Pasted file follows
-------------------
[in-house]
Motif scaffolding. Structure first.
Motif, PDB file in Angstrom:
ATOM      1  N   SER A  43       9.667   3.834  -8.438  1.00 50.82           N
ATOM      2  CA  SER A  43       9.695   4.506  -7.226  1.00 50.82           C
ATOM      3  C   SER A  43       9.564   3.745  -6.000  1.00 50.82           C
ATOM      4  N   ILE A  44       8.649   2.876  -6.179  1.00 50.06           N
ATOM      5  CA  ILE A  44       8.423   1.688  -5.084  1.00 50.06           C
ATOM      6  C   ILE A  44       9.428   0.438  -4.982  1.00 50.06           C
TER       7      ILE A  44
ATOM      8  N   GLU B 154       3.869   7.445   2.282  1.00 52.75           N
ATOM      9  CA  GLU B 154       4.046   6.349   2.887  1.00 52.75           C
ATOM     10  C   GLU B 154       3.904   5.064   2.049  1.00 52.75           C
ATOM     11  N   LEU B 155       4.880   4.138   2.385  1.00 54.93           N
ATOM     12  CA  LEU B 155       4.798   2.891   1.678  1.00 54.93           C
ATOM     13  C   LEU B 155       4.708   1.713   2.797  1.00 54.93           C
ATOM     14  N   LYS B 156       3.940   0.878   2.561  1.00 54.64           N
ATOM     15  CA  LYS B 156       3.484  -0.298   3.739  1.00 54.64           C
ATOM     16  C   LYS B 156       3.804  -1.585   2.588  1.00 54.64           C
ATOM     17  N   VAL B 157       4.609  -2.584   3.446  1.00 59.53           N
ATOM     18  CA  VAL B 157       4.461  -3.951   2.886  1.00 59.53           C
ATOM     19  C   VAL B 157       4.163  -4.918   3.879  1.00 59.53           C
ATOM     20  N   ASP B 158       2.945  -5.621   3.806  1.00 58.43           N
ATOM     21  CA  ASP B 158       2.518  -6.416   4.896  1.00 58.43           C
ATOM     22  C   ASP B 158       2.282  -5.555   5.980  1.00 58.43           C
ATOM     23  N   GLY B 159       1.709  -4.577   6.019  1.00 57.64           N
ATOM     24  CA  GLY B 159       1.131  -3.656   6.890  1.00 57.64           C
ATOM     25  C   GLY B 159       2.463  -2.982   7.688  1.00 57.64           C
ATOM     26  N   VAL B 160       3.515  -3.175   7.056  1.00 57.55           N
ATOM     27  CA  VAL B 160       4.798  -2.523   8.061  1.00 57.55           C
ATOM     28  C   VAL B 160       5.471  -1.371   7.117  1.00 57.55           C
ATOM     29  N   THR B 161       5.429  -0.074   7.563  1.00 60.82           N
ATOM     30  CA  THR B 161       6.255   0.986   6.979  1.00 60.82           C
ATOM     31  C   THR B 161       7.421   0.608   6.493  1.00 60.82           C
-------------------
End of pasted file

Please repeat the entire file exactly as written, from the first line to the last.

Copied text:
[in-house]
Motif scaffolding. Structure first.
Motif, PDB file in Angstrom:
ATOM      1  N   SER A  43       9.667   3.834  -8.438  1.00 50.82           N
ATOM      2  CA  SER A  43       9.695   4.506  -7.226  1.00 50.82           C
ATOM      3  C   SER A  43       9.564   3.745  -6.000  1.00 50.82           C
ATOM      4  N   ILE A  44       8.649   2.876  -6.179  1.00 50.06           N
ATOM      5  CA  ILE A  44       8.423   1.688  -5.084  1.00 50.06           C
ATOM      6  C   ILE A  44       9.428   0.438  -4.982  1.00 50.06           C
TER       7      ILE A  44
ATOM      8  N   GLU B 154       3.869   7.445   2.282  1.00 52.75           N
ATOM      9  CA  GLU B 154       4.046   6.349   2.887  1.00 52.75           C
ATOM     10  C   GLU B 154       3.904   5.064   2.049  1.00 52.75           C
ATOM     11  N   LEU B 155       4.880   4.138   2.385  1.00 54.93           N
ATOM     12  CA  LEU B 155       4.798   2.891   1.678  1.00 54.93           C
ATOM     13  C   LEU B 155       4.708   1.713   2.797  1.00 54.93           C
ATOM     14  N   LYS B 156       3.940   0.878   2.561  1.00 54.64           N
ATOM     15  CA  LYS B 156       3.484  -0.298   3.739  1.00 54.64           C
ATOM     16  C   LYS B 156       3.804  -1.585   2.588  1.00 54.64           C
ATOM     17  N   VAL B 157       4.609  -2.584   3.446  1.00 59.53           N
ATOM     18  CA  VAL B 157       4.461  -3.951   2.886  1.00 59.53           C
ATOM     19  C   VAL B 157       4.163  -4.918   3.879  1.00 59.53           C
ATOM     20  N   ASP B 158       2.945  -5.621   3.806  1.00 58.43           N
ATOM     21  CA  ASP B 158       2.518  -6.416   4.896  1.00 58.43           C
ATOM     22  C   ASP B 158       2.282  -5.555   5.980  1.00 58.43           C
ATOM     23  N   GLY B 159       1.709  -4.577   6.019  1.00 57.64           N
ATOM     24  CA  GLY B 159       1.131  -3.656   6.890  1.00 57.64           C
ATOM     25  C   GLY B 159       2.463  -2.982   7.688  1.00 57.64           C
ATOM     26  N   VAL B 160       3.515  -3.175   7.056  1.00 57.55           N
ATOM     27  CA  VAL B 160       4.798  -2.523   8.061  1.00 57.55           C
ATOM     28  C   VAL B 160       5.471  -1.371   7.117  1.00 57.55           C
ATOM     29  N   THR B 161       5.429  -0.074   7.563  1.00 60.82           N
ATOM     30  CA  THR B 161       6.255   0.986   6.979  1.00 60.82           C
ATOM     31  C   THR B 161       7.421   0.608   6.493  1.00 60.82           C